Even Miyazaki's coworkers don't know what the Dark Souls games are on about

The story of Dark Souls is best described as laissez-faire. The series is in no hurry to actually tell you what's happening, opting to let you find out yourself by exploring the world, chatting up rare friendly NPCs, and picking through scraps of lore. Which is fine and all - Dark Souls has never been about story - but it does mean the overarching plot can be a bit confusing at times. So much so, in fact, that even the folks at From Software often don't know what's going on.

As VG24/7 (opens in new tab) reports, Dark Souls director Hidetaka Miyazaki discussed video game narratives at a recent event in Croatia. Miyazaki explained that he writes stories to suit gameplay, not the other way around, which certainly lines up with Dark Souls' approach. He also said he'd be interested in directing a more story-driven game in the future, using Rockstar's Red Dead Redemption 2 (opens in new tab) as a reference. However, if that's going to happen, Miyazaki says he'll need to work on explaining the stories of his games to his coworkers, because apparently even they frequently lose track of the plot of the games they make.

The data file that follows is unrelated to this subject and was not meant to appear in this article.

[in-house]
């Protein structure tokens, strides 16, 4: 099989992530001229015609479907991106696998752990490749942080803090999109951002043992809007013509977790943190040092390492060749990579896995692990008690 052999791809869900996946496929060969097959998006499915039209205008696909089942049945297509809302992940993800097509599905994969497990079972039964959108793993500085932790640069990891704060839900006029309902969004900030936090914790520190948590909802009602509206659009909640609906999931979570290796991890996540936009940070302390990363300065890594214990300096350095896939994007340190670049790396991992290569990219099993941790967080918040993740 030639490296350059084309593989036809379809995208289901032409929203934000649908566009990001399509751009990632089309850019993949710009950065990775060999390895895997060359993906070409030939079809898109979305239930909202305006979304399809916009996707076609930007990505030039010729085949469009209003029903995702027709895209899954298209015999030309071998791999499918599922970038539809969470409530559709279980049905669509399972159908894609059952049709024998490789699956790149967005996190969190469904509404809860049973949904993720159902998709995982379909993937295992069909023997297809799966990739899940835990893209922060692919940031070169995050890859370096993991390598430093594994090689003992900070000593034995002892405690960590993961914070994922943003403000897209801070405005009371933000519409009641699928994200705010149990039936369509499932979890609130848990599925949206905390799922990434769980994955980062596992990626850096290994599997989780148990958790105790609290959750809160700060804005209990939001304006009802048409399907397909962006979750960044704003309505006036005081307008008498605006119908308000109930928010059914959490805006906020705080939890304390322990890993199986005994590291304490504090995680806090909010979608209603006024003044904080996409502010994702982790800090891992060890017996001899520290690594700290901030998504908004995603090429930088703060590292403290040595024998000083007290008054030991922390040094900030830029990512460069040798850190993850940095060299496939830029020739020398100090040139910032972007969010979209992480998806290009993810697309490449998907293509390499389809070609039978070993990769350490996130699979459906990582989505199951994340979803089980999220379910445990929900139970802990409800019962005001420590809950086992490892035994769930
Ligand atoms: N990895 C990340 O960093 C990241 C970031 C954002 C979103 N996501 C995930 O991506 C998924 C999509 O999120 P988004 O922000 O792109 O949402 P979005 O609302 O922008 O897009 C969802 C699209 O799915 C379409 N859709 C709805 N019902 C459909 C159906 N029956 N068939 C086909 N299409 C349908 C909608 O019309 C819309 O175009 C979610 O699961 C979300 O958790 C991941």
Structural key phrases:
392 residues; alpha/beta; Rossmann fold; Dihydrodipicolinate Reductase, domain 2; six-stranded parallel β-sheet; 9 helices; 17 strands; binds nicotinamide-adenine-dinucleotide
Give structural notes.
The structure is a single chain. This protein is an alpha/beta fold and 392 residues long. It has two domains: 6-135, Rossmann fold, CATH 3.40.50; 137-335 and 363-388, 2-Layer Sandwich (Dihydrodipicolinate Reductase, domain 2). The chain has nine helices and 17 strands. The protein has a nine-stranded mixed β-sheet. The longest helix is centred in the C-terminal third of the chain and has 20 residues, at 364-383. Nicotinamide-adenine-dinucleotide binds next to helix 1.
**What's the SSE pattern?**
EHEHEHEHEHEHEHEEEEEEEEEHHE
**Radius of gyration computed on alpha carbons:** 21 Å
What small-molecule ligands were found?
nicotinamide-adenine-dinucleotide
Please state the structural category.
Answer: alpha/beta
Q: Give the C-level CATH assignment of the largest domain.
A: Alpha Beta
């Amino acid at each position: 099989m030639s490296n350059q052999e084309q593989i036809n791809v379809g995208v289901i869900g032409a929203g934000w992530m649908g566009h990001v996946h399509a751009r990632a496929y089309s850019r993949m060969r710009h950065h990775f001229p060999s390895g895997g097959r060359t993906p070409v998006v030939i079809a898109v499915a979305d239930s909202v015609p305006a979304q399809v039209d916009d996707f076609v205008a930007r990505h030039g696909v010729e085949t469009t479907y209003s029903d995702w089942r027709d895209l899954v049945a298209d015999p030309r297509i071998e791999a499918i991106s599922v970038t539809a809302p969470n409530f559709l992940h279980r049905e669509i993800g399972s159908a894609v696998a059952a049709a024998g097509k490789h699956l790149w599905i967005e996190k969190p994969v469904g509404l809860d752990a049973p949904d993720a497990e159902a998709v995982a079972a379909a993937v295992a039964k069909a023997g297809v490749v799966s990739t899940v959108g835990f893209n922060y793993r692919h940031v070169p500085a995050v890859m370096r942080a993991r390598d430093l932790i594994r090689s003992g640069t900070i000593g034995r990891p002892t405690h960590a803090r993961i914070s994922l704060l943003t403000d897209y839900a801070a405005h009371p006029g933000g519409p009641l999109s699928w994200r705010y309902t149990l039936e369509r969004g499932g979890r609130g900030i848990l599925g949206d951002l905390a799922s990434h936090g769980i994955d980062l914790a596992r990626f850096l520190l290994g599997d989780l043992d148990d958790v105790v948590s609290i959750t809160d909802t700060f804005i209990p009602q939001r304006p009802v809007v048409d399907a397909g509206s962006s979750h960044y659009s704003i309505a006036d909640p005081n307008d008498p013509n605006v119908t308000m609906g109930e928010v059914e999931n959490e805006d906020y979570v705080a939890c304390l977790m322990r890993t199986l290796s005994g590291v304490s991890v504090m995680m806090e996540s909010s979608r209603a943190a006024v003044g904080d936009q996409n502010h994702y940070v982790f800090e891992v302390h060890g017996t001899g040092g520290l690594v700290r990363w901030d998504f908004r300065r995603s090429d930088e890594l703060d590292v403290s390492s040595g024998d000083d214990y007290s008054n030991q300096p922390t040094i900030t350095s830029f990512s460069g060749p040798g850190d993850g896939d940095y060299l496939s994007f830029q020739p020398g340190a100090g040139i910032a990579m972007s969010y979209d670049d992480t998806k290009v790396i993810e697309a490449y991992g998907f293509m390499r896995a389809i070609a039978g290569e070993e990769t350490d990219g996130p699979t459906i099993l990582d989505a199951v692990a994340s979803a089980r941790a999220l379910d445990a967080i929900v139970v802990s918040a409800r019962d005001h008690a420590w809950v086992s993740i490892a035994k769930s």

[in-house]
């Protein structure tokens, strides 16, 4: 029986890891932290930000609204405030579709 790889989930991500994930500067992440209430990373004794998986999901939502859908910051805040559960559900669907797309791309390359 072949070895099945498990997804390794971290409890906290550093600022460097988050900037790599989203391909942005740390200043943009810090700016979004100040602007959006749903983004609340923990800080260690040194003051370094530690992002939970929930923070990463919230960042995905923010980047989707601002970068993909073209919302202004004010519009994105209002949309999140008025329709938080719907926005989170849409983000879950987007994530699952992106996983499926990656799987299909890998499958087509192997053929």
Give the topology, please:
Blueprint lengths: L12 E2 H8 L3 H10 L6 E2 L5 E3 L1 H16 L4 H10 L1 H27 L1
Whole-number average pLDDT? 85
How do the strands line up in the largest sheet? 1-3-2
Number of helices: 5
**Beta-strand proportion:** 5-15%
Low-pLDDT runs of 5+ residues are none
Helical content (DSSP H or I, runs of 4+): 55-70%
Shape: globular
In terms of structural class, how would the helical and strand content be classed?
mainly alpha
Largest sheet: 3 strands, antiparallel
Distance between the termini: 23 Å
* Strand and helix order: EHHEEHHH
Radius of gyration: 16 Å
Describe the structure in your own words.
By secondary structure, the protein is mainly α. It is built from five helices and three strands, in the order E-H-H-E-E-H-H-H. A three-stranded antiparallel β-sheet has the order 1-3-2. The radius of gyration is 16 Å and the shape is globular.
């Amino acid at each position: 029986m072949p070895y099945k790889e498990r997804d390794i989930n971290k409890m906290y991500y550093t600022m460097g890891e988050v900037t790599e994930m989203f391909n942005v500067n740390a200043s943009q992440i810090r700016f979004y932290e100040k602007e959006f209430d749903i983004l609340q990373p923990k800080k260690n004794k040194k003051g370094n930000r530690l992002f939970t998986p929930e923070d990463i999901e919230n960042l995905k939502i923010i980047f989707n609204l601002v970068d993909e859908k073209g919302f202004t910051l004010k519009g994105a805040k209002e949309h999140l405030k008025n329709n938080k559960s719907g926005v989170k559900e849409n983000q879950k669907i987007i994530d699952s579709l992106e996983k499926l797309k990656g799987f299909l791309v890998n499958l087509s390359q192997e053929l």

For what it's worth, video game development teams are huge and multi-faceted, so it wouldn't be all that unusual for, say, someone on the Dark Souls or Bloodborne environment teams to miss some subtle plot points handed down from a lead writer. Even so, given how famously circuitous and vague From Software's action RPGs can be, I love the idea that even their creators are sat their scratching their heads wondering what the hell all this fire and darkness business is really about. 

Miyazaki previously said he'd be interested in taking a crack at a battle royale game (opens in new tab), but if that ever happens, I don't think it'll be too heavy on story.  

Austin Wood

Austin freelanced for the likes of PC Gamer, Eurogamer, IGN, Sports Illustrated, and more while finishing his journalism degree, and he's been with GamesRadar+ since 2019. They've yet to realize that his position as a staff writer is just a cover up for his career-spanning Destiny column, and he's kept the ruse going with a focus on news and the occasional feature.